Faith can be arduous. There, I said it. For anyone who has been a follower of Jesus for more than three hours, you will know that statement to be utterly true. If you don’t agree with me, I would strongly suggest you take a step back and consider the possibility that you’re not doing it right.
As for me, I’m often not doing it right. I fail at faith and I fail at life. Yet this is exactly why God has called me to the ministry he has; a ministry in stand-up comedy. Yes, you read that right. I have been literally called to perhaps one of the most dubious positions a Christian could hold; being consistently funny, clean (whatever that means) and to present the gospel without compromise. All this from a woman with a traumatic history of infant loss, clinical anxiety, depression, Post Traumatic Stress Disorder, a chronic pain condition and young motherhood.
If I didn’t know any better, I would say God was a sadist. But because I know that not to be true, I have to conclude that God does in fact have a tremendous sense of humour; a facet of his character I am frequently asked about. I also know that the moment I take my eyes off Him, I sink faster than Peter in the Sea of Galilee.
So what does being “called” into stand-up comedy actually mean? Well, just between you and me, I’m still figuring that out. At this point I can tell you that God uses my comedy to build up his church in love and joy, to break down barriers, to encourage those of faith and to share the gospel. On the secular comedy circuit, I also have the opportunity to be a living example of the gospel in action in an overwhelmingly anti-gospel environment. Yikes.
I won’t lie to you, it’s tremendously difficult. Personal struggles aside, the pressure of trying to meet everyone’s expectations of what it is to be clean, funny and Godly can squash me faster than my one-year-old excitedly gripping a banana. The financial stress, constant anxiety, fear and doubt in my own ability to perform well me want to curl up in a ball and not leave my house (and some days I do).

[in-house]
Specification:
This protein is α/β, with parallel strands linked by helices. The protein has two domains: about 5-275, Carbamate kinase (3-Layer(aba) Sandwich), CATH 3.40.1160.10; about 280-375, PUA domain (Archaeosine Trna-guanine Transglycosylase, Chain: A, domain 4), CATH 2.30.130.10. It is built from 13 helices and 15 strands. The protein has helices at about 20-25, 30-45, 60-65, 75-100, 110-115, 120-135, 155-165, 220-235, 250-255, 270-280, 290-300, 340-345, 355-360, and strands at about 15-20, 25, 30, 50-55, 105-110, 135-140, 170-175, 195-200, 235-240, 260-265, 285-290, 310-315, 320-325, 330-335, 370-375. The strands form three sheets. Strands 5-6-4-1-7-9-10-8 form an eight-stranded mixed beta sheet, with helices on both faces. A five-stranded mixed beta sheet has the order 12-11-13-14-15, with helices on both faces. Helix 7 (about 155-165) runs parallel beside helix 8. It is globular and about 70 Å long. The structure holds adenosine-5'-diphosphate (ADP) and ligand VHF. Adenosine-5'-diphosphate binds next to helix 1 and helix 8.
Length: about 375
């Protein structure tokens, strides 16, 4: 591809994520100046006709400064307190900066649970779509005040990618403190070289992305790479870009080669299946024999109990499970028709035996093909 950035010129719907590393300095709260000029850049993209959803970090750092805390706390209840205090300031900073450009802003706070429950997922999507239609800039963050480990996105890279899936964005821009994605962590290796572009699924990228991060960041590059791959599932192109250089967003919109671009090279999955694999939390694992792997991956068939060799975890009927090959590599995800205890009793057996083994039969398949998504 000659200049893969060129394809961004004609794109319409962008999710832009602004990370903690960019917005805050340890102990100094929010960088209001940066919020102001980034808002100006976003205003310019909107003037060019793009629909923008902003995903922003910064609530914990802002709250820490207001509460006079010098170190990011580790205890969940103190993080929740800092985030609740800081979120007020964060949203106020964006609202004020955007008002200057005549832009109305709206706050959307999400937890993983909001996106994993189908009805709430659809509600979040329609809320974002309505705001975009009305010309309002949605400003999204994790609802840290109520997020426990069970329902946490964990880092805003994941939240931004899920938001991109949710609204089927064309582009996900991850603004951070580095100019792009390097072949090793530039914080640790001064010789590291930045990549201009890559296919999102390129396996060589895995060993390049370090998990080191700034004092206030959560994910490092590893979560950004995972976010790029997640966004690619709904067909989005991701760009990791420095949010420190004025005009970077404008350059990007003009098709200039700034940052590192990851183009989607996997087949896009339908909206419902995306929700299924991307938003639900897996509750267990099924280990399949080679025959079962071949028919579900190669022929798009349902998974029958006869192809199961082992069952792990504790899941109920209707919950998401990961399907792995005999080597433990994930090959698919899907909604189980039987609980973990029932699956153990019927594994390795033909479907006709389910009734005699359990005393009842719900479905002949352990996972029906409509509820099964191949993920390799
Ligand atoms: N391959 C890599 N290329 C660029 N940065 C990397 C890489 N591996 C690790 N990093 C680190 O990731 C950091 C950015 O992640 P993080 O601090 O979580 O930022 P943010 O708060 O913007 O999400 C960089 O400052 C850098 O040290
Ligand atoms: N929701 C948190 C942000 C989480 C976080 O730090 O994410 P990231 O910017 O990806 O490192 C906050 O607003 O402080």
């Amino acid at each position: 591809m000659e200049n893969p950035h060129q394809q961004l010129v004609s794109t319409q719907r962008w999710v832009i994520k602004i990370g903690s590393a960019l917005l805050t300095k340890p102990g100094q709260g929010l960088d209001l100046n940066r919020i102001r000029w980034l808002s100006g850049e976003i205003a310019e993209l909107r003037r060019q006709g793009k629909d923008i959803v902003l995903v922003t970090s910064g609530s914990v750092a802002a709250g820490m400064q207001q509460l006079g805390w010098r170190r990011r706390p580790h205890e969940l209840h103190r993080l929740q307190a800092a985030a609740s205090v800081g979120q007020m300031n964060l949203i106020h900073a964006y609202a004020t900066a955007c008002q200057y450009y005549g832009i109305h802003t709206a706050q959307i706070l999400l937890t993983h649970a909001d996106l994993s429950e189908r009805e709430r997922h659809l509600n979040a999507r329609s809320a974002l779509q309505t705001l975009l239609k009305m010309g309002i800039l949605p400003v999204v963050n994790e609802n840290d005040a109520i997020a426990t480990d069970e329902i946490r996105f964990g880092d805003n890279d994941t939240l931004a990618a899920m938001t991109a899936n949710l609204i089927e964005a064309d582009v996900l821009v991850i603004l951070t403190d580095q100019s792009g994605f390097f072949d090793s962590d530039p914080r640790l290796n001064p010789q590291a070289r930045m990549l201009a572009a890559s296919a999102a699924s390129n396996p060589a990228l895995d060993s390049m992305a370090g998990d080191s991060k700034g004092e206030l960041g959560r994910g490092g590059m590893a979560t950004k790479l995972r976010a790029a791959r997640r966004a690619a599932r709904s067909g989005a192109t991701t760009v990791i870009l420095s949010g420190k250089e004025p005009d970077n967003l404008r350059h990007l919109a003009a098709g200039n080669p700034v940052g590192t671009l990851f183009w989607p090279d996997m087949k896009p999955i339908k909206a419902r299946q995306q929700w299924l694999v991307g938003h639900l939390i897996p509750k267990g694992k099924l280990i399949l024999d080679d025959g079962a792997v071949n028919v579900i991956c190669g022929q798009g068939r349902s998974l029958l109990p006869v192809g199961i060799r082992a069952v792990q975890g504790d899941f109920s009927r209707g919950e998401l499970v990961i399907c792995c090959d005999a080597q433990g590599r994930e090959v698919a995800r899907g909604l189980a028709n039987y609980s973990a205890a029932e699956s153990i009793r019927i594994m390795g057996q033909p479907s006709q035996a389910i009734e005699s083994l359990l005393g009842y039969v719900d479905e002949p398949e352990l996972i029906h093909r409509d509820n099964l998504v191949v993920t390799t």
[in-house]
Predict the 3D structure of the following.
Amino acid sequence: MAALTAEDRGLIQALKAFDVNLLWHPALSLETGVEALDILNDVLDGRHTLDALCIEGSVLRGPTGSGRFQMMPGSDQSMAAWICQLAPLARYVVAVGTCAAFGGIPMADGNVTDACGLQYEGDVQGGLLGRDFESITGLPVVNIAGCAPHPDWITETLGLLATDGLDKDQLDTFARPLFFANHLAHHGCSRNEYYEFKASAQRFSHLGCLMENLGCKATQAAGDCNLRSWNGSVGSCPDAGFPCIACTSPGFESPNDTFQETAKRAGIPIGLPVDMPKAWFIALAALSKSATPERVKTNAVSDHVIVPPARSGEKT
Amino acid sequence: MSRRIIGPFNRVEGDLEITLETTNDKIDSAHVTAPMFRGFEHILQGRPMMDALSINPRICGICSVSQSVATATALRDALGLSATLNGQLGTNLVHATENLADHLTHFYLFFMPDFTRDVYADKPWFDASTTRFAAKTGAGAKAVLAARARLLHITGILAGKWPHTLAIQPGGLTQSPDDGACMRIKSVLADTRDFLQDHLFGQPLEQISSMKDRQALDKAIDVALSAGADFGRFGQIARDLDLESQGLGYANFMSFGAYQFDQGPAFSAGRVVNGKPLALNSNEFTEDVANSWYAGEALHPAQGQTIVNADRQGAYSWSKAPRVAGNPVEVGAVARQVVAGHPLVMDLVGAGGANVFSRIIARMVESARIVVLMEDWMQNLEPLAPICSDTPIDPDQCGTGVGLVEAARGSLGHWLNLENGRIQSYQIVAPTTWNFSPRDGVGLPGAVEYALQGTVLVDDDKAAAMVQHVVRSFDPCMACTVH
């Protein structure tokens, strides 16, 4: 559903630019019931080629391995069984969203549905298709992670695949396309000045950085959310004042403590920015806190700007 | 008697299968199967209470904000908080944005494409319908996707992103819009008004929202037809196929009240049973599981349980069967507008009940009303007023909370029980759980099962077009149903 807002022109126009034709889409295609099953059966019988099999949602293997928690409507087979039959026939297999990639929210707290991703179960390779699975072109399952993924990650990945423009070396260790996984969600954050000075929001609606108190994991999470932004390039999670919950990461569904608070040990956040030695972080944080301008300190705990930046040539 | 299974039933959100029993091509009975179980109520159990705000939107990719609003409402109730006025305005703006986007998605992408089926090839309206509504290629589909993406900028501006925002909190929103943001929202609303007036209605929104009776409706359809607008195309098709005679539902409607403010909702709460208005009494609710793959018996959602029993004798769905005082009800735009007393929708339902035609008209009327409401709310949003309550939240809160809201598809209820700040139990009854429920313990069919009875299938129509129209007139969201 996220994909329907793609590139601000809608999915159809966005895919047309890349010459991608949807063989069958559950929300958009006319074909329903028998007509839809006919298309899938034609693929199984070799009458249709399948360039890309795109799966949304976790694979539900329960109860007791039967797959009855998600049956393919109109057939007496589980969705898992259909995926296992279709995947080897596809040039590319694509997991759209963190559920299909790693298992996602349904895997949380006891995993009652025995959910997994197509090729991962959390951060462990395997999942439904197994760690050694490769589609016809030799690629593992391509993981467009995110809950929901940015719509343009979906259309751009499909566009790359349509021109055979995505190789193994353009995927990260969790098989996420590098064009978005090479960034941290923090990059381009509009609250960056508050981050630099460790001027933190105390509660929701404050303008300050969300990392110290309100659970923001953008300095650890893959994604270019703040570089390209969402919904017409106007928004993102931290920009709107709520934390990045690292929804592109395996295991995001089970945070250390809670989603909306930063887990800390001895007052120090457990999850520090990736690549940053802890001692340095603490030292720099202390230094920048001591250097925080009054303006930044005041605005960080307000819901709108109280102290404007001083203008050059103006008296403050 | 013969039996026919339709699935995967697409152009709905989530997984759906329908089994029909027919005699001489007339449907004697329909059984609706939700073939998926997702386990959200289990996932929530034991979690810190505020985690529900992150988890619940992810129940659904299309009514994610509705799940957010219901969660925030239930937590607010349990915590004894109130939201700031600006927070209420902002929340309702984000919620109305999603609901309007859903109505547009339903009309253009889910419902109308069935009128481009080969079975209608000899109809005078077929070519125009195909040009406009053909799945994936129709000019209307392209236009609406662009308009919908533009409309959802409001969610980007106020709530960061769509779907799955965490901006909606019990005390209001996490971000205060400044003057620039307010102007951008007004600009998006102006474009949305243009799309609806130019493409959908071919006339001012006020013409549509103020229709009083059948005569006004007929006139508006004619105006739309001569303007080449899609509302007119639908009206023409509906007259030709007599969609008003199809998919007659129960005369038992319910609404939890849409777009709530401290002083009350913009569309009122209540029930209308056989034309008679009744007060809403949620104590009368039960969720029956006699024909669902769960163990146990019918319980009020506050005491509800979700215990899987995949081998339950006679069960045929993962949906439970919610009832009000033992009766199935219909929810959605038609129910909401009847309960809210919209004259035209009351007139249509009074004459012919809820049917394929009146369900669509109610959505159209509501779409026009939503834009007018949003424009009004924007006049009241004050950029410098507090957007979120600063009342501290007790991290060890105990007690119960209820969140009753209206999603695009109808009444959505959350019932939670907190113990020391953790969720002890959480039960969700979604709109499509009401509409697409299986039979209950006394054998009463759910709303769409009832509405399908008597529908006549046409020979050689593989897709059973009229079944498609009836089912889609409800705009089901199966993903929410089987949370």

Cue Peter and his adventure. I love the account of Peter walking on water with Jesus (Matthew 14:28-31) because we get to glimpse Jesus’ tremendous sense of humour—an aspect of his humanity we often miss when we read the bible.
Here we have the disciples sent ahead of Jesus across the Sea of Galilee, battling strong winds to get to the other side, and Jesus intends to catch up with them at some point.
I want you (just for a moment) to close your eyes and stand on that shore pretending you are Jesus. Your buddies are in the boat ahead of you, rowing their little hearts out. What are your options?
Could you order the wind to settle to make life easier for them? Hmm—did that last week.
Could you be taken in the spirit to the other side of the lake to meet them with a cooked breakfast? Nope—been there, done that.
I know! How about totally freaking them out by casually strolling past them on the water in the middle of the stormy night? Now that’s a winner. It’s going to be epic!
Each time I contemplate this scenario, I can’t seem to fathom any man (even the God-man) executing a prank such as this without at least a twinkle in his eye. These were real people in a real-life scenario. There is no way Jesus pulled off this stunt oblivious to the affect it would have on his disciples. And that, my friends, is hilarious.
What I also love about this story is Peter. After peeing his pants from seeing a “ghost” on the water, he actually has the faith to get out of the boat when Jesus tells him he can! But it’s not long before he gets distracted by the storm around him, loses focus and starts to sink.
Oh Peter, I can relate. That sinking sensation is so tangible when I am feeling crushed under the weight of expectation in my comedy ministry. I look at my own skills—short of where I’d like them to be, or my ticket sales—often far less than I want them to be, or the times when I have misjudged or not presented the gospel as faithfully as I could have—the mistake that guts me more than any other. It is easy to get swept up in these things, and when they become my focus I start to descend into the pit of hopelessness. My eyes are no longer on Jesus.
So how do I get my focus back on him? I reach for him as Peter reached for Jesus on that windy sea, wobbles and all. When I do, everything rights itself and is put in its proper perspective. It’s not that he lessens the storm (he didn’t for Peter either), but he pulls me up and stops me from sinking.
I’ll probably never know exactly how Jesus delivered his punch line to Peter on that windy day. I’m sure it’s one of those stories where you really had to be there. One thing I am certain of is that the Jesus of Peter’s day is the Jesus of Hannah’s day and he is right there in the storm with me, unafraid and full of humour. As he hauls me to the surface again and again I see his grin in my mind’s eye as he speaks those same words to me, O you of little faith, why did you doubt?
Hannah Boland is a comedian, writer and founder of LOL Ministries. She is currently speaking this ‘Hilarious God’ message in churches throughout Australia. To have her speak at your church service or event, or to get in touch visit www.hannahboland.com.au/churches